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Mussina adopts Yankees' approach

Moose stays low-key with World Series

PHOENIX -- Mike Mussina may have signed with the Yankees because he felt they would give him the best chance to reach the World Series, but to hear him talk about pitching the series opener on Saturday, one would think he was preparing for a start in Detroit in mid-June.

Mussina, who waited 11 seasons for his chance to play in the Fall Classic, is taking his Saturday start with the same stoic approach that his teammates have taken for the last five years. After all, it's just a baseball game.

"If you can stay away from all of the flash bulbs and remember that there's a game in there somewhere, then you're going to be all right," said Mussina, who met the media on Friday. "That's just the way I'm trying to go about it; I'm worried about the game and not stuff that's going on around the game."

That approach has worked well for his teammates, many of whom have three or four championship rings on their resume. Mussina, who is 2-0 with a 1.38 ERA in two playoff starts for New York, has adapted his teammates' almost-mechanical mindset when it comes to playoff games. As a result, he has not allowed himself to get caught up in being named the Game 1 starter, or any of the "honor" that comes along with that job.

"In this situation, every game is important," Mussina said. "I'm not looking at it like I'm the first of anything. It's just my turn to pitch. (Joe Torre) asked me to pitch the first game, so I'm going to go pitch. Hopefully, I can pitch well. When the other guys go out there, their games are just as important as this one is, and hopefully the whole staff pitches well."

Mussina isn't the only veteran making his first World Series appearance this week. Mark Grace, who spent 13 seasons with the Cubs before signing with the Diamondbacks, is making his Fall Classic debut. Only he is taking a different approach than Mussina -- he's thrilled to be here, and he wants everyone to know that.

"I really defy anybody to try to wipe this smile off my face," said a grinning Grace. "I've waited a long time for this."

Mussina, when asked to describe his emotions since Monday's ALCS clincher, was considerably less animated than Grace.

"Obviously, it's exciting. It's something we all want to do," Mussina said. "We all went to camp in Florida or Arizona, way back in February, we all wanted to be standing here with a chance to win a title. You know, Gracy waited, what, 15 years to have a chance at it, and this is my 11th year. Sometimes you have to wait a while and sometimes you get a chance to go every year, like Derek Jeter."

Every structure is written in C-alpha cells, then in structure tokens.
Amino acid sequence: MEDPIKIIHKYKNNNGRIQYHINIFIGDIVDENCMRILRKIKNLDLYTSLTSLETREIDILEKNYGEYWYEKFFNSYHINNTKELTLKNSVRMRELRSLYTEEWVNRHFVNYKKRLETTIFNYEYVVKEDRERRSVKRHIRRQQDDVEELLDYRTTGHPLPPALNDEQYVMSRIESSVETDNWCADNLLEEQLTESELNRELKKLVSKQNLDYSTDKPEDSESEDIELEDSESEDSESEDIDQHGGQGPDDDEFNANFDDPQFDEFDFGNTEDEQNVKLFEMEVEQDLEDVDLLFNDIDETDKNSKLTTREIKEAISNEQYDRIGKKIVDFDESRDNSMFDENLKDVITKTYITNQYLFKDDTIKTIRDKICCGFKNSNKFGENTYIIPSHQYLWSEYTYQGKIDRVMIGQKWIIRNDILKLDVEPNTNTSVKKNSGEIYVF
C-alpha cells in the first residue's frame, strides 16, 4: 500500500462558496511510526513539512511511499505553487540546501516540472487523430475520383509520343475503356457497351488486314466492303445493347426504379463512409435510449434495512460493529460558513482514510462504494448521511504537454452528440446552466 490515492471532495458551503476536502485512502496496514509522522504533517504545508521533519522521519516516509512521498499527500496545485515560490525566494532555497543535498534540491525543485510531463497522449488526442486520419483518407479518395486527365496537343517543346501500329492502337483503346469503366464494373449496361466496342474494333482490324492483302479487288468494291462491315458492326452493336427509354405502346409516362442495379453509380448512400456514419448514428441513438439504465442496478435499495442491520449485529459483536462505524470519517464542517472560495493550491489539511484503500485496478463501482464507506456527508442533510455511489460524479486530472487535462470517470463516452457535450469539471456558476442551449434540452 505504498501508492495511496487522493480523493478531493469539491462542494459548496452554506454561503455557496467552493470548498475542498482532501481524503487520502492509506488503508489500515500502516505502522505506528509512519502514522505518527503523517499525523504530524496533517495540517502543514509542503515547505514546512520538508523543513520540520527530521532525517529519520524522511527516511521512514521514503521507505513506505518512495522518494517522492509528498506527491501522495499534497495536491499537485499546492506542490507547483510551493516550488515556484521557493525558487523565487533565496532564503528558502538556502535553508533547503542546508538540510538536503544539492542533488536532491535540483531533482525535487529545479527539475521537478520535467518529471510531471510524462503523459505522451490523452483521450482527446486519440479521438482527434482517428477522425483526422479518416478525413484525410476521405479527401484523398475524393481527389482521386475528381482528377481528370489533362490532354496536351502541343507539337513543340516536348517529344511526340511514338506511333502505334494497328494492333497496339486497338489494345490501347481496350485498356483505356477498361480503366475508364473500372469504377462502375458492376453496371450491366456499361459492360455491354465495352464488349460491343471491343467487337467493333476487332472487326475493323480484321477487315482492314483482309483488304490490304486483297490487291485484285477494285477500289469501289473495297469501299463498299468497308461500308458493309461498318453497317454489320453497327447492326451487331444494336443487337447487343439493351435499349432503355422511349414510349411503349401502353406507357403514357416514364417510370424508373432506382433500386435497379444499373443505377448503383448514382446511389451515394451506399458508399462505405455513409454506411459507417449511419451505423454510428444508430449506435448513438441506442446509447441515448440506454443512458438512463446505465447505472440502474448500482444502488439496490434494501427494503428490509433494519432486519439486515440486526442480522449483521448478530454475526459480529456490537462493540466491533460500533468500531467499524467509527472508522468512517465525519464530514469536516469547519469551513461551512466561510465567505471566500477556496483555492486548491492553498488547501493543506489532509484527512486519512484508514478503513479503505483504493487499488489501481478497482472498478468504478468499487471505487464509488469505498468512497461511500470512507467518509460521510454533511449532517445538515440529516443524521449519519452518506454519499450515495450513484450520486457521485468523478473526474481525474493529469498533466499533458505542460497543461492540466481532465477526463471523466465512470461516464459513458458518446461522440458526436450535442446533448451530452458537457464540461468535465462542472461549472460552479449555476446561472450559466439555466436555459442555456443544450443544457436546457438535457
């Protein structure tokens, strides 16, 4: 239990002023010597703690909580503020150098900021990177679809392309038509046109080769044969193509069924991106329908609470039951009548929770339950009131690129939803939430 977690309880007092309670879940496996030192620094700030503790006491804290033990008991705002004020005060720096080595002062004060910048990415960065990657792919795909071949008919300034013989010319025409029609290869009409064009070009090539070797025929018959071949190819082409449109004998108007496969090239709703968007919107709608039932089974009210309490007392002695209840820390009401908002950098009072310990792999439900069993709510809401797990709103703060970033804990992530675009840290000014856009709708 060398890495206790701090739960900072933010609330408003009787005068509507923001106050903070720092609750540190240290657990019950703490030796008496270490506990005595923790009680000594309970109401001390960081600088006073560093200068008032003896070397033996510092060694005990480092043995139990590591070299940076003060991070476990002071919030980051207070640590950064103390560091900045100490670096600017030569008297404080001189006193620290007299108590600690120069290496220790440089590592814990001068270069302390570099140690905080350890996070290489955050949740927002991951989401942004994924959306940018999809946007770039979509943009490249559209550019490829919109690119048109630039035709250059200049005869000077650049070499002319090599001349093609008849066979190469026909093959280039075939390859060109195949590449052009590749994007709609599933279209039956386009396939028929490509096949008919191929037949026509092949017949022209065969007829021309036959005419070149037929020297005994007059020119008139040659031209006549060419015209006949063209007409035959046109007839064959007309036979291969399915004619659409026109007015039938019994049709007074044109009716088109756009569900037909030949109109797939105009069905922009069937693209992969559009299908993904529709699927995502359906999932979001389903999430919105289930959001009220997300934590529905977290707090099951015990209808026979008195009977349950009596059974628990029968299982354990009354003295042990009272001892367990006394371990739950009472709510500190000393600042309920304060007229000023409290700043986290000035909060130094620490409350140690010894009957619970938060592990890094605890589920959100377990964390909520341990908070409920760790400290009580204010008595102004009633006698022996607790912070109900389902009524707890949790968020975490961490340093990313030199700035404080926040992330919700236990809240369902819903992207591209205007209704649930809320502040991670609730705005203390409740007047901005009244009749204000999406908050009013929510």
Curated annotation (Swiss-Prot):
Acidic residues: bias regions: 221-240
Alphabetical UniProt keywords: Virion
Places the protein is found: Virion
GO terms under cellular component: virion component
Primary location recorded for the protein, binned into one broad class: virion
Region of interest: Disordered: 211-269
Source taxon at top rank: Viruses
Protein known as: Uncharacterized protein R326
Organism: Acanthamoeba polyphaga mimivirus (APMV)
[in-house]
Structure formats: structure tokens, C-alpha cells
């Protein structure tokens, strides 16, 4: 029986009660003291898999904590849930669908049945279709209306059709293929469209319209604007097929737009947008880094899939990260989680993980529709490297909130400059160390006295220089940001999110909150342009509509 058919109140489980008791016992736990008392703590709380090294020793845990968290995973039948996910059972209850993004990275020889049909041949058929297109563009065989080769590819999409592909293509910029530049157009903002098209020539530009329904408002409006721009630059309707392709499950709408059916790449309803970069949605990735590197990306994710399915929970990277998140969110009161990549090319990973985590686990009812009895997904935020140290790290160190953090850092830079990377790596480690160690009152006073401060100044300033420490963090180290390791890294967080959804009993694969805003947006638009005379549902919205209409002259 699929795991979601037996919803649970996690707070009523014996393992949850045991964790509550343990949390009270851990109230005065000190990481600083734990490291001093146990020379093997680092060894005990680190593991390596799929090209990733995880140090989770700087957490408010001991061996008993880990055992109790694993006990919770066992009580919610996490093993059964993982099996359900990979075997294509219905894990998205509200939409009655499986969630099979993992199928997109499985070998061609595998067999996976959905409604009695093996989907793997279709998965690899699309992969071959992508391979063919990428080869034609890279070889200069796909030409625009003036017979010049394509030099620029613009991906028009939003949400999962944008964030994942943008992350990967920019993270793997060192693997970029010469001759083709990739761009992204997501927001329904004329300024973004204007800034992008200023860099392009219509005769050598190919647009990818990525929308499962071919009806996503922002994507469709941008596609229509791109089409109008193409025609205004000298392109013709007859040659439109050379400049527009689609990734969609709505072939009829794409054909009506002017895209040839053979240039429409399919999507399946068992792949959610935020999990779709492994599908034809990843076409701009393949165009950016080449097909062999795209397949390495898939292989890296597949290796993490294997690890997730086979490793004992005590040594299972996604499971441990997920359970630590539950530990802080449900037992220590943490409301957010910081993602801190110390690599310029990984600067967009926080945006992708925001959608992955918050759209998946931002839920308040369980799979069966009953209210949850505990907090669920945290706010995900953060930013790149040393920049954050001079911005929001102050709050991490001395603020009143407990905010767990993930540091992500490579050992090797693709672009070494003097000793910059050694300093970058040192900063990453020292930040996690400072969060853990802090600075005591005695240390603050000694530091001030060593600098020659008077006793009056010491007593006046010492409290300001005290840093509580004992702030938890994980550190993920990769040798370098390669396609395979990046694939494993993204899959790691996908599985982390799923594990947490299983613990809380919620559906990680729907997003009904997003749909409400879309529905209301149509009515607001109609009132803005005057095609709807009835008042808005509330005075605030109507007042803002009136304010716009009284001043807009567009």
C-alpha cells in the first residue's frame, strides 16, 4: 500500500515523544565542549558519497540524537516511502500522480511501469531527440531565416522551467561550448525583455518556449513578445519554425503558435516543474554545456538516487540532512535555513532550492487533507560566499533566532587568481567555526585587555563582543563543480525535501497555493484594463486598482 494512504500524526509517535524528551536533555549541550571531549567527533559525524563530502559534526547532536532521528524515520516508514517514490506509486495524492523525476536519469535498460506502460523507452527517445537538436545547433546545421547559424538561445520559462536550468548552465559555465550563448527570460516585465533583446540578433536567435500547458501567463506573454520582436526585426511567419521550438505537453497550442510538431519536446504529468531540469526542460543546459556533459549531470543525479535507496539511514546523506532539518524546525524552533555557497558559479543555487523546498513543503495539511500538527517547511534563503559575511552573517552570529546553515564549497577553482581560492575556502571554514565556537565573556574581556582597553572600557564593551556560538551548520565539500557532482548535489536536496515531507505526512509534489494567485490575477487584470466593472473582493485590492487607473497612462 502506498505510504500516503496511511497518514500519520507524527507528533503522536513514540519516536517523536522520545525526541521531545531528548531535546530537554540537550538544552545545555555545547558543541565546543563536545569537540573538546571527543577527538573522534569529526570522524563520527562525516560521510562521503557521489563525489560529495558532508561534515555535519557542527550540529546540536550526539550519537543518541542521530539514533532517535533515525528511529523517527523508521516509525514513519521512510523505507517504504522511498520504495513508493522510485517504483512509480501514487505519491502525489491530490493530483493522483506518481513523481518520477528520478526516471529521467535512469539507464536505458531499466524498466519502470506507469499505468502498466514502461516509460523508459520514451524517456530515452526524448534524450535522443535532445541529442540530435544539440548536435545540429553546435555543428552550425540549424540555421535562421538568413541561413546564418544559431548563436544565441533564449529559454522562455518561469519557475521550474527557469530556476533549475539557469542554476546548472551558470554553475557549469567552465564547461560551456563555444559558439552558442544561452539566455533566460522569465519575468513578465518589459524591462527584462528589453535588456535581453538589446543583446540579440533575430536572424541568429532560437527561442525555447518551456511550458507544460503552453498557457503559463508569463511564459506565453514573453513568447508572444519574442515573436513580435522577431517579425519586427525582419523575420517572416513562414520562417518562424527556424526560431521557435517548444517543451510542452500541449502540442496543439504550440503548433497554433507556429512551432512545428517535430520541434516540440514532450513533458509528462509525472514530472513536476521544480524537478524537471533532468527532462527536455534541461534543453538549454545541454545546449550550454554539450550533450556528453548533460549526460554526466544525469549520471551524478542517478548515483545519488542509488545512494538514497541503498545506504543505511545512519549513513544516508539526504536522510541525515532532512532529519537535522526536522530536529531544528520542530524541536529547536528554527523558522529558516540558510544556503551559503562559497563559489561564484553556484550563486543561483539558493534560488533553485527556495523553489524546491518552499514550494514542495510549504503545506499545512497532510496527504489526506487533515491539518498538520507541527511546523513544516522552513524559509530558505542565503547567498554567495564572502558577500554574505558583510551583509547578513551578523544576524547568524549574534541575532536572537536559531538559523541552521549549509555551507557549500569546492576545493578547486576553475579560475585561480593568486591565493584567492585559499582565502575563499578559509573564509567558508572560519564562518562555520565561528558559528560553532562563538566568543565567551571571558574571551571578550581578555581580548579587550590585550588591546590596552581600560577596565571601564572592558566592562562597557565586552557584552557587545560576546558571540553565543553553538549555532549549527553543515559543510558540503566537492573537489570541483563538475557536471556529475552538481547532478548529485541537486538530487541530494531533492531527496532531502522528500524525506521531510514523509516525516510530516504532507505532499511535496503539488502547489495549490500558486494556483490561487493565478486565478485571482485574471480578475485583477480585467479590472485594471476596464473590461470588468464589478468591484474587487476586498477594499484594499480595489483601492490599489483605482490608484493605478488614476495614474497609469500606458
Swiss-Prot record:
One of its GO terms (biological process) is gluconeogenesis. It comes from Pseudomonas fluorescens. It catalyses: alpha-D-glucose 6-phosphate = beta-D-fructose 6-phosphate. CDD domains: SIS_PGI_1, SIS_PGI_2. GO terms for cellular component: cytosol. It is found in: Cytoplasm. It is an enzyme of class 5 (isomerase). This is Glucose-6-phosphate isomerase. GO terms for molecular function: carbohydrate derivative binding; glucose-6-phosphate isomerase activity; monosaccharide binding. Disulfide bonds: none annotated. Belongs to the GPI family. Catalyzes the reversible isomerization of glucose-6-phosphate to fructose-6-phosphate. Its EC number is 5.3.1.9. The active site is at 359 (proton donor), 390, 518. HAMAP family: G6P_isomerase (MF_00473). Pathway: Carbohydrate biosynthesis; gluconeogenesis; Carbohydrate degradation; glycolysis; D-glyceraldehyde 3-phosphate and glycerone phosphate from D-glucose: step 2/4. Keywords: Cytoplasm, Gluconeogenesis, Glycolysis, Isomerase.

When you have been to the World Series as often as these Yankees have been, it's a thrill to see a teammate reach this stage for the first time. Scott Brosius, who is playing in his fourth straight, said that seeing Mussina perform at the level he has this month is fun for everyone in pinstripes.

"All of us appreciate the privilege of playing in the World Series," Brosius said. "So when you see a guy -- especially one that's been around and had a lot of success -- finally get there for the first time, you know the excitement they're feeling."

"Everybody remembers their first World Series," said Paul O'Neill, who is playing in his sixth. "Mussina is not a rookie, so it's not like this is all new to him. He's pitched in playoff games, so he's going to do the same things he did throughout the year, which is pitch well and give us a chance to win."

But that excitement can't get in the way of the job at hand -- shutting down the Diamondbacks and matching Curt Schilling pitch-for-pitch. Jorge Posada, who has caught Mussina all season, doesn't think that the bright lights of the World Series will affect his starter's game one bit.

"He's a calm guy, he's not going to get away from what he tries to do on the mound," Posada said. "He's going to be ready to take the mound tomorrow. He's looking forward to it, and even though he hasn't faced these guys before, I know he's done the research to give himself the chance to have a good game."

Grace, who will play first base and bat seventh against Mussina, knows that he and his teammates face a daunting task when they step to the plate against Mussina, who has been every bit the pitcher that Schilling has been lately.

"He's really good," said Grace when asked what the scouting reports told him about Mussina. "He has three terrific pitches, and he's a warrior. He's a big game pitcher, he has been his whole career. We know our work is cut out for us, we respect the living hell out of the Yankees, but we have 25 guys in here who believe that we can beat them."

Mussina realizes that win or lose, this is an experience that he will never forget. He just doesn't have the time to look at it in those terms now.

"I think once it's all over and we all get to sit back and look at it in a month or so, we're going to probably appreciate it more than now because we are still trying to get something accomplished now," Mussina said. "It's still a job and an important one at that."


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